In line with the BaaS trend, Marqeta introduces seven new products

The trend: Continuing the rush of big-name financial institutions entering the banking as a service (BaaS) space, global payments firm Marqeta added a suite of BaaS products to its card-issuance platform, per FinExtra.

Becoming a bank: The seven products will be housed under the name Marqeta for Banking and will provide end-to-end banking services to its clients.

  • The new features include demand deposit accounts, direct deposit with up to two days early pay, ACH with Plaid integration, cash loads and fee-free ATMs, with bill pay and instant funding capabilities entering beta testing next year.
  • The service will operate via 40 banking-related APIs to allow customers to customize the banking services they wish to use.
  • The platform is available in 40 countries.

Payments, meet banking: A sub-trend within the growing BaaS trend is the expansion of payments firms into the banking space.

  • Adyen announced new BaaS products earlier this week, including checking accounts and small business loans. The firm’s move into banking, however, will likely stop at technological infrastructure, as it said becoming a full-fledged bank would be too costly.
  • Block (formerly Square) launched Square Banking last year after attaining a US banking license. The service provides business loans and deposit products to clients.
  • Also last year, PayPal released a new version of its app that allows users to manage their entire financial lives in one place. The payments giant offers a high-yield savings account, early-access direct deposit, and bill pay features. This year, Insider Intelligence found that PayPal was the leading provider that US digital banking users trust the most.

BaaS grows up: In the US, the BaaS market will reach over $25 billion in annual revenues in 2026, according to Cornerstone Advisors. But we are seeing a rapid maturation of the technology occurring now.

  • BaaS platforms were originally seen being offered by smaller banks as a way to differentiate themselves and generate revenue from new sources.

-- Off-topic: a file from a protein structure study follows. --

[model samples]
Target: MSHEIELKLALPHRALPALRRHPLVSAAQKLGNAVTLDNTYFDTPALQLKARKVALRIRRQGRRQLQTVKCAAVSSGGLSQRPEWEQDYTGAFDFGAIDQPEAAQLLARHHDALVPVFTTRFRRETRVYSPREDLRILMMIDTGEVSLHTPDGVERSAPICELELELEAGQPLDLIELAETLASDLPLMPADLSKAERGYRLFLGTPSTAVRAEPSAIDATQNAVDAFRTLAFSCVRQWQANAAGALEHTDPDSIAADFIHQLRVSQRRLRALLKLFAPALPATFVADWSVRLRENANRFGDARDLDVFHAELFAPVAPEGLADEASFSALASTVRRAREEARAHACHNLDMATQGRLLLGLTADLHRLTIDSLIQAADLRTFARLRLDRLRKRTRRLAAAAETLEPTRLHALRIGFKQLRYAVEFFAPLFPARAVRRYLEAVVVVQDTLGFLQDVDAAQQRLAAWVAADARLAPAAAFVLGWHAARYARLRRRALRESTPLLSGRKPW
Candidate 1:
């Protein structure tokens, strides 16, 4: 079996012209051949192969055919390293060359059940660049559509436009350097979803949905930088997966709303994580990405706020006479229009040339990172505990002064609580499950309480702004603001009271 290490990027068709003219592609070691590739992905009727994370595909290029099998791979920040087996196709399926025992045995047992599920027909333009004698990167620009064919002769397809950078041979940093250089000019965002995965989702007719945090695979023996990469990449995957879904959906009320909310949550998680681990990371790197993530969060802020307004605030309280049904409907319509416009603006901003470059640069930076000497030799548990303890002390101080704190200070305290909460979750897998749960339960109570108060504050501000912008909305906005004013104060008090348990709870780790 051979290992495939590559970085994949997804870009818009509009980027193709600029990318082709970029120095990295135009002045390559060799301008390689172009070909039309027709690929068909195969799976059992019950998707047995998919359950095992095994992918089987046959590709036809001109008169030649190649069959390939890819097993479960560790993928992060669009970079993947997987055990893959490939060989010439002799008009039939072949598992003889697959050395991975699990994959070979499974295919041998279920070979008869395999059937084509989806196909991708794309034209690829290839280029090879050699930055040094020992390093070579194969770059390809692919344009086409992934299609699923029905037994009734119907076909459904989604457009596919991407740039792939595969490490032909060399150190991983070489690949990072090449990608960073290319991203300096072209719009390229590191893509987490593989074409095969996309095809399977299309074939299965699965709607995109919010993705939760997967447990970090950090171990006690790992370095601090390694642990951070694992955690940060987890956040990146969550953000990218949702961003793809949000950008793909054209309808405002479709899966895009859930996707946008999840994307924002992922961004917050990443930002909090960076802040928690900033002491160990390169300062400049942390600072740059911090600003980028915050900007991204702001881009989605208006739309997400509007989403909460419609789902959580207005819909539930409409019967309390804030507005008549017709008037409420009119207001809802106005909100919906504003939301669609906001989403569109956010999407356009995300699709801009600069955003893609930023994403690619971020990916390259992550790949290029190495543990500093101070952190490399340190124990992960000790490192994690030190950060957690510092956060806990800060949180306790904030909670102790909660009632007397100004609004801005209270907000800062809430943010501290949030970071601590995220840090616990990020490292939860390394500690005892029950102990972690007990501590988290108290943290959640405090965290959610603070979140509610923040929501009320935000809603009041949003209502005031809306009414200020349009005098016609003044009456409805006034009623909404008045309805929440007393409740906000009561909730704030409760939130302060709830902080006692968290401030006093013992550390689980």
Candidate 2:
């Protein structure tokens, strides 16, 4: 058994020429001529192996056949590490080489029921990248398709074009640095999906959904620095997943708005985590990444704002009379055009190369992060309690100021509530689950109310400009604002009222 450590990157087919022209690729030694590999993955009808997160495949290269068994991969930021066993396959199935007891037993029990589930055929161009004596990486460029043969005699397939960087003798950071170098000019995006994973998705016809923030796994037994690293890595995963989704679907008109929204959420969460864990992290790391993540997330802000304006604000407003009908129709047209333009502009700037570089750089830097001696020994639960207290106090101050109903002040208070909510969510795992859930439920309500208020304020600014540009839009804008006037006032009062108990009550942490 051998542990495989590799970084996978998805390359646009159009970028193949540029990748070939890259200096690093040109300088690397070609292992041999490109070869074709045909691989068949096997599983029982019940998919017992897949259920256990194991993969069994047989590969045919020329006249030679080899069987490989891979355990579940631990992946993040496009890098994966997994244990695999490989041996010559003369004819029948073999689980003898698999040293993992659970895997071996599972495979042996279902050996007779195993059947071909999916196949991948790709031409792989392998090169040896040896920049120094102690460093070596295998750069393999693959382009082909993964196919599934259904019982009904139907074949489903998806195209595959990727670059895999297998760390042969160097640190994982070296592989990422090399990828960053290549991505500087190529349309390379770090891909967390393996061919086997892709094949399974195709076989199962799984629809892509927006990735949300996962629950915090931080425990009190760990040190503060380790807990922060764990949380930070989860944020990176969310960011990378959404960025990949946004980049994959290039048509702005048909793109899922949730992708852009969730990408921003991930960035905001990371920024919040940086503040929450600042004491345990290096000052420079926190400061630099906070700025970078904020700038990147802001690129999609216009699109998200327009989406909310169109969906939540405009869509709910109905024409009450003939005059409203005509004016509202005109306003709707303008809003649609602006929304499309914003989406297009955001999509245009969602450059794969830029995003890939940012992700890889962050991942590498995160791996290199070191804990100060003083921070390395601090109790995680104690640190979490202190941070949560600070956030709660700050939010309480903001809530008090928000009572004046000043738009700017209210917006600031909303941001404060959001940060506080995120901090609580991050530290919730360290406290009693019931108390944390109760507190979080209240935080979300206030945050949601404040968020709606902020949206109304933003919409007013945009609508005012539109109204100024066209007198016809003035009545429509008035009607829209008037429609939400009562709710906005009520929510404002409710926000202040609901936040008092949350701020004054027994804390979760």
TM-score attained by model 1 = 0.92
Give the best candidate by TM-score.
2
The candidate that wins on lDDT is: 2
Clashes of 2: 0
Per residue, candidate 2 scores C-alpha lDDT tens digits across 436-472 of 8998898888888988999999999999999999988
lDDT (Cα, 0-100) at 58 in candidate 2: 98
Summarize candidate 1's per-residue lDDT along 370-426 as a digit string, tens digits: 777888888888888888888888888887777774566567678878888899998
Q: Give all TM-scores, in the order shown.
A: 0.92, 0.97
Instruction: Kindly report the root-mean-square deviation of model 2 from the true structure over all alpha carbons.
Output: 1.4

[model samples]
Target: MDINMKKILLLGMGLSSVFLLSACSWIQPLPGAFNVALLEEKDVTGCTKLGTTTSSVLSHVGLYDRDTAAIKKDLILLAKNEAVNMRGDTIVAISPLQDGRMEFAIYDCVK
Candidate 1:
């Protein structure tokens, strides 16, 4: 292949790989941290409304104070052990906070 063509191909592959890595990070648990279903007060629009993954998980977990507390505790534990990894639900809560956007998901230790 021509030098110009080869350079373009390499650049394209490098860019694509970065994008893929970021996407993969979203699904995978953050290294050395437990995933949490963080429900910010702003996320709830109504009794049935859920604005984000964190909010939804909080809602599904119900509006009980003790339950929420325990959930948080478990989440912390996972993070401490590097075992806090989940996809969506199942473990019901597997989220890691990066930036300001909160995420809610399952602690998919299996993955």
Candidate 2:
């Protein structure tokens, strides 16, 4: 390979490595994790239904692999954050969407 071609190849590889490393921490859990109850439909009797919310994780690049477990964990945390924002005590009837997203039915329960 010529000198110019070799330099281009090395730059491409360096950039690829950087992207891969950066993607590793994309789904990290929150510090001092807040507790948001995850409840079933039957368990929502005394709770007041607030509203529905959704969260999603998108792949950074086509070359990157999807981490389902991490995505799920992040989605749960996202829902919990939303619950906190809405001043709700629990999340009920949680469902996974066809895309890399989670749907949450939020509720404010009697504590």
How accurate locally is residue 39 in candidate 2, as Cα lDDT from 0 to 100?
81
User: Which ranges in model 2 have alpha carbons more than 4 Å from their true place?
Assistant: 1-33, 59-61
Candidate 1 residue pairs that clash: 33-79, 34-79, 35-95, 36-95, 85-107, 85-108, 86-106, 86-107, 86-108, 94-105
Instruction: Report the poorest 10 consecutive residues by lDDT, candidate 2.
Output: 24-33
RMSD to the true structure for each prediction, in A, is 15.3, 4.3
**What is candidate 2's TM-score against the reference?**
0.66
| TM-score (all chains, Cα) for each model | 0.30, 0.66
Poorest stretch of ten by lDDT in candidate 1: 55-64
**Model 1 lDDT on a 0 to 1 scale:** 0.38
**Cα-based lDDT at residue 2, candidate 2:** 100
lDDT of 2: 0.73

• But now bigger names are beginning to enter the BaaS space. This means the smaller firms have successfully proven the benefits of offering such products—but also that they’ve essentially removed the risks and uncertainties that surrounded the technology in the beginning. Big firms can now take a safe chance.
  • With more big names in the game, the small banks that pioneered the technology will now find it harder to compete. But that might not be a bad thing: These banks will likely start a new wave of innovation to stay relevant.

The big takeaway: Expect to see more well-known FIs launch BaaS platforms over the next few months. With the proliferation of fintechs, neobanks, and other digital-native apps, the desire for these entities to embed financial products within their own platforms will keep demand for BaaS running high. But as these big providers start to push out their smaller competitors, keep an eye on what those competitors do next.

This article originally appeared in Insider Intelligence’s Banking Innovation Briefing—a daily recap of top stories reshaping the banking industry. Subscribe to have more hard-hitting takeaways delivered to your inbox daily.

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